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Hoffmann, R. A wiki for the life sciences where authorship matters. Nature Genetics (2008)

Expression of a proteolipid gene from a high-copy-number plasmid confers trifluoperazine resistance to Saccharomyces cerevisiae.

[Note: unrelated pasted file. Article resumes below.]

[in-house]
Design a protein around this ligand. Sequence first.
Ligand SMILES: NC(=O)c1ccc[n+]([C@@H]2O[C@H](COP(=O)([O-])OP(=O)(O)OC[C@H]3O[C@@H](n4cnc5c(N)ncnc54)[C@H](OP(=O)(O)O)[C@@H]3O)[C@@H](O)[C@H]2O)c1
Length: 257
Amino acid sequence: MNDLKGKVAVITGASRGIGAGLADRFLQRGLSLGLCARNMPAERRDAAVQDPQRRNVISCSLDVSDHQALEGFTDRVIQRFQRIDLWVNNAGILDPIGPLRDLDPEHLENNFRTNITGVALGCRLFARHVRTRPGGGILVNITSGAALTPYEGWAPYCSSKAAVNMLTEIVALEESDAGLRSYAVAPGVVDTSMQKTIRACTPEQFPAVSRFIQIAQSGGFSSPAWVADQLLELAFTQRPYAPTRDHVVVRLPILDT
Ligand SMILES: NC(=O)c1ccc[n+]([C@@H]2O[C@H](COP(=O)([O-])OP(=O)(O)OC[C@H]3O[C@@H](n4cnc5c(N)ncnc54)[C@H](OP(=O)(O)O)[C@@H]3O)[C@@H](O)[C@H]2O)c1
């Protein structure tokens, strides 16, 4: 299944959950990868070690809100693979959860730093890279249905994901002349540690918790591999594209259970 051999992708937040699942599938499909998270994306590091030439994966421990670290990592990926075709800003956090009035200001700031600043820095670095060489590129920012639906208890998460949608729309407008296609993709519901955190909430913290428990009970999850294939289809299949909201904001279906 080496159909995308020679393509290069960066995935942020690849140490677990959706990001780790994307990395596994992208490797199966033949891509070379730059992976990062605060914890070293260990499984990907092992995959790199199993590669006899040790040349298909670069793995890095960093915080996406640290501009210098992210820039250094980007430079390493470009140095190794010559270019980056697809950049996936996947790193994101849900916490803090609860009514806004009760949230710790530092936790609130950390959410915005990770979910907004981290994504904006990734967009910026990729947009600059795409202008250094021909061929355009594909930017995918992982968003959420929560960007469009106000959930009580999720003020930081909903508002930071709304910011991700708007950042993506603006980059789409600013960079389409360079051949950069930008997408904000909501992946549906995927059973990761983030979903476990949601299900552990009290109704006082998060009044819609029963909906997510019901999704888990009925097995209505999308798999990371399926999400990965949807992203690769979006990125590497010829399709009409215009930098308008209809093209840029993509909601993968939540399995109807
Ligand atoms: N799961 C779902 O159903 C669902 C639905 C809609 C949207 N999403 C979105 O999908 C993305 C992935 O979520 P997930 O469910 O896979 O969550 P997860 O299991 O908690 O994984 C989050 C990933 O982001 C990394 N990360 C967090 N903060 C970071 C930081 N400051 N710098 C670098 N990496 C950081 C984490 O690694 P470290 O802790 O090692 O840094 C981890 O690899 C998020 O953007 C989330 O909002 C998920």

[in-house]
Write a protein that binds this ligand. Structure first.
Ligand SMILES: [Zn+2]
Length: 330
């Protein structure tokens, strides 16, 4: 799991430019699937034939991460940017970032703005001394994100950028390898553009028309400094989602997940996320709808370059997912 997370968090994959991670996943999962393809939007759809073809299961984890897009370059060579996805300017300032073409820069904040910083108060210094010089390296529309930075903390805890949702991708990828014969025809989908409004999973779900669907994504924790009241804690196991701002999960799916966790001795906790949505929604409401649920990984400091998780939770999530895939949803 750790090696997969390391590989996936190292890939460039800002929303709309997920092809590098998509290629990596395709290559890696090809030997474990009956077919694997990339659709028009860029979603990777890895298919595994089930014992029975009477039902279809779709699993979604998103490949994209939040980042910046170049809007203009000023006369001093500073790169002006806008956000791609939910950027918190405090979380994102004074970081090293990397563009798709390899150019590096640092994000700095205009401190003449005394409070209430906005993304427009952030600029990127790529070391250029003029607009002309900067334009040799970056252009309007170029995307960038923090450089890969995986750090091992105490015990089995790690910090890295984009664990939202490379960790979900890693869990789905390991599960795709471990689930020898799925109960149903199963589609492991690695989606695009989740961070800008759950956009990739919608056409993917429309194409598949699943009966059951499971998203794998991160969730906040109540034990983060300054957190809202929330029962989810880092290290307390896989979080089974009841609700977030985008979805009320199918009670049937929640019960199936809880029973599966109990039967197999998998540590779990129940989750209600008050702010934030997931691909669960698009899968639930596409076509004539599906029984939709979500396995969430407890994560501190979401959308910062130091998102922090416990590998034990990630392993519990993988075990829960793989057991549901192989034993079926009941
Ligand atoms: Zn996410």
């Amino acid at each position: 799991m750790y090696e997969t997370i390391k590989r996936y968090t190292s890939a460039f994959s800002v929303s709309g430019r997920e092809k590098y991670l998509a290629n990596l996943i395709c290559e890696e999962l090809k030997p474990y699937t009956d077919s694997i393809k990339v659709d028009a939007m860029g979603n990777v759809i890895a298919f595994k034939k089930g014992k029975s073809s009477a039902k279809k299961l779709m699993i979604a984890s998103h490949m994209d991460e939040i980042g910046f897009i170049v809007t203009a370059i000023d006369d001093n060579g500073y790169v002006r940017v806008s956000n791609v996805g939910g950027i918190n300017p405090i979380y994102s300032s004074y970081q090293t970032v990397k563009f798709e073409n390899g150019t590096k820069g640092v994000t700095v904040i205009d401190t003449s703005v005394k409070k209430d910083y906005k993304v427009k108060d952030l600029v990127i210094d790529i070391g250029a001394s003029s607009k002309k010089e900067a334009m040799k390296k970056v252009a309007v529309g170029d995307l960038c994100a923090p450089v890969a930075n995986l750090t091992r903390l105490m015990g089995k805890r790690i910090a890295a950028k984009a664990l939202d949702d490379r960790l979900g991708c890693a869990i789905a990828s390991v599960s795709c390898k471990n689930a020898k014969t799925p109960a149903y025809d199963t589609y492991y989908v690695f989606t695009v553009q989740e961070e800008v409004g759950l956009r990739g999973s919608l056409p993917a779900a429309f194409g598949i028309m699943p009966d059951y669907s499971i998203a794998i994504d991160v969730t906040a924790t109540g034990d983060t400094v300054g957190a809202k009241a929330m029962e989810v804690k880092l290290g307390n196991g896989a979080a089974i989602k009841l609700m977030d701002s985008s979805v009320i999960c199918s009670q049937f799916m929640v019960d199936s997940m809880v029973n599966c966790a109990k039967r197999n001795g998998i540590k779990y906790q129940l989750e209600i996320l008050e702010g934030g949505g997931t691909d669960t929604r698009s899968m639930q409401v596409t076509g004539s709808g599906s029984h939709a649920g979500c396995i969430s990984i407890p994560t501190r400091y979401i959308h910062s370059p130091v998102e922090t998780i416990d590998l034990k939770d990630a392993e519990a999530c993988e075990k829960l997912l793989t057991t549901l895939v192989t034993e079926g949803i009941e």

A wild-type haploid yeast strain was transformed with a library of wild-type yeast DNA fragments ligated into a high-copy-number plasmid vector (YEp24). The pooled URA+ transformants were plated on rich medium containing a lethal concentration of trifluoperazine (TFP). Plasmids rescued into Escherichia coli from TFP-resistant yeast colonies contained overlapping DNA fragments from a unique region of yeast chromosome XVI. Deletion and disruption experiments, mini-Tn10 LUK hop analysis, and DNA sequencing defined a novel gene with significant amino acid identity to bovine and yeast vacuoletype proteolipid subunits. This is the second locus identified that can be altered to confer TFP resistance to Saccharomyces cerevisiae and that has significant amino acid identity to a vacuolar ATPase subunit. This suggests that a target for TFP in S. cerevisiae is the electrogenic membranes of the vacuolar network and that alteration of expression or activity of vacuolar proton ATPase subunits is a general mechanism for TFP resistance in this yeast.[1]


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